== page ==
Bans strip out positive influence of short-selling

The US Securities and Exchange Commission (SEC)’s ban on short-selling financial stocks has done more harm than good, according to Arturo Bris, professor of finance at the International Institute for Management Development (IMD), a Swiss business school.
By None

The US Securities and Exchange Commission (SEC)’s ban on short-selling financial stocks has done more harm than good, according to Arturo Bris, professor of finance at the International Institute for Management Development (IMD), a Swiss business school.

In a bid to stem further declines in the value of financial stocks following a string of financial disasters, the SEC imposed a short-selling ban on 799 companies on September 19; later expanded to 883. The ban, originally intended to expire on 2 October, has now been extended until three working days after financial bail-out legislation is passed in the US (i.e. 8 October).

This follows a previous temporary restriction on so-called ‘naked’ short selling (short selling without possessing the relevant securities) of 19 financial stocks between 21 July and 12 August.

But Bris argues short-sellers provide vital information for determining the true value of a stock. “There is a group of investors that are now excluded from the market, so their information cannot be bound into prices,” he says. “The short-selling ban has made the market less liquid and less efficient.”

He adds that if there is no negative pressure on a stock from short-selling, it will keep rising unchecked, resulting in over-valuation. “The point myself and many others have made is that short sales prevent bubbles,” he said. “There is very strong evidence showing, for instance, that one of the reasons for the real-estate bubble is that you cannot short real estate.”

The SEC acknowledges that short-selling can benefit the market. “The Commission notes that short selling plays an important role in the market for a variety of reasons, including contributing to efficient price discovery, mitigating market bubbles, increasing market liquidity, promoting capital formation, facilitating hedging and other risk management activities, and importantly, limiting upward market manipulations,” reads the statement accompanying the recent ban extension.

The regulator said it had only acted to minimise what it terms ‘abusive’ short-selling: shorting a stock and then trying to manipulate the price down by spreading rumours. In a bid to limit this behaviour, the commission also strengthened its ban on naked short-selling in the latest revision of the restrictions, and is planning to make permanent the rule that stipulates short-sellers and their brokers deliver securities three days after the transaction date.

But Bris argues that if the SEC wanted to prevent price drops by discarding the benefits of short-selling, it has failed. “By banning short sales, the SEC is attempting to sacrifice efficiency to achieve stability,” he says. “I have shown that there has been a clear drop in market efficiency, but it is not clear that stability has been preserved. What you have seen during the prohibition this past week is that most of the financial stocks went down significantly, and they didn’t perform better than they did when short-selling was allowed.”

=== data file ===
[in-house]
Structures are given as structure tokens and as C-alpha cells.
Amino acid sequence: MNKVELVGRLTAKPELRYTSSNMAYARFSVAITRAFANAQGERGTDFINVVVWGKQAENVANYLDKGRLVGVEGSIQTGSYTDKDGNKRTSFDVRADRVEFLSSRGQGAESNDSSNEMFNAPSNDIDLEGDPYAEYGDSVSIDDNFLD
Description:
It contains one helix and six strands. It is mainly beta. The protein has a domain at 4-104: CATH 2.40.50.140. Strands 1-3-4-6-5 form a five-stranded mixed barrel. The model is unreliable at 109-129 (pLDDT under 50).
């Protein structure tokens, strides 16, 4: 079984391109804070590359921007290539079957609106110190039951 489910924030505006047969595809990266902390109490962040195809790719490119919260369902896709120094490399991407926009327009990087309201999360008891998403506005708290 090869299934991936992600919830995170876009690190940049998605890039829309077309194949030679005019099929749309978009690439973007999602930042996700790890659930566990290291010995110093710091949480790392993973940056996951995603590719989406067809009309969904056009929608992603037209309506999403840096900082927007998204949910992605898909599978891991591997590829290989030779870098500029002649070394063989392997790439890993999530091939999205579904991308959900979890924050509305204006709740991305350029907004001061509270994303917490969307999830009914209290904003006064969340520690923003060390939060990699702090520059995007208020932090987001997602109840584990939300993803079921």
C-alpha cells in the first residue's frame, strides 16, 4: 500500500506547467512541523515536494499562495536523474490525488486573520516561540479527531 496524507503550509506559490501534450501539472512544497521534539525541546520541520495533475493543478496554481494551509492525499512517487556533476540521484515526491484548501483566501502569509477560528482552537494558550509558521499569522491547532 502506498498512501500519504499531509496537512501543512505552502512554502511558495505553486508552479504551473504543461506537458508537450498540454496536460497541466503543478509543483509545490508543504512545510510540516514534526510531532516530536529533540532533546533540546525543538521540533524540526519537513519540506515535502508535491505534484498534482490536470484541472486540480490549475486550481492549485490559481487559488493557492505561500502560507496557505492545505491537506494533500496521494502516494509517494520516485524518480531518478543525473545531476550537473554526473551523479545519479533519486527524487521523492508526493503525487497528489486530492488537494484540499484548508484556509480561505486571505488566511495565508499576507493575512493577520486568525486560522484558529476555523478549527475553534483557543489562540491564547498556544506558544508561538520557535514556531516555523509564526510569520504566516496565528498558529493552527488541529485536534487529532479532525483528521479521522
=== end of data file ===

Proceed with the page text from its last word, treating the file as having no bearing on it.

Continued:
In 2007, Bris co-authored a paper with Will Goetzmann and Ning Zhu titled ‘Efficiency and the Bear: Short Sales and Markets Around the World’ which showed short-selling improved efficiency in markets where it was allowed. “What we didn’t find was that short sales induce market collapses or crashes, or that they drive stock prices down, which is the fundamental debate that is taking place now,” says Bris.

More recently, Bris conducted a study into the 19 stocks that were subject to SEC short-selling restrictions between 21 July and 12 August this year. The study found not only that that the poor performance of the stocks in the year before the ban could not be attributed to short-selling, but also that the stocks on average performed worse than the rest of the market while the ban was in place. The study found that the 19 stocks’ short interest ratios – the number of shares held short divided by the average daily trading volume – were on average no higher than those of other financial stocks in the year before the ban.

Although many have blamed short-selling for the large drops in financial firms’ stock prices, particularly those companies most troubled – Lehman Brothers CEO Richard Fuld told shareholders “I will hurt the shorts, and that is my goal” earlier this year – Bris feels short-selling has little influence over the price of a company’s shares because the short-seller has to buy back the stock to close out the short position.

Bris accepts that short-selling introduces selling pressure into the market, only to spark exactly the same buying pressure three days later. “Short sales predict market drops,” he says. “Short-sellers have better information. They are typically well-informed investors because they are sophisticated institutions.”

A more effective method of preventing volatility in certain stocks may have been to suspend them altogether. “If the solution is to limit trading then why don’t we stop trading for all financial stocks? If the objective is not to have price drops, then stop trading for those stocks for the next two months,” Bris suggests.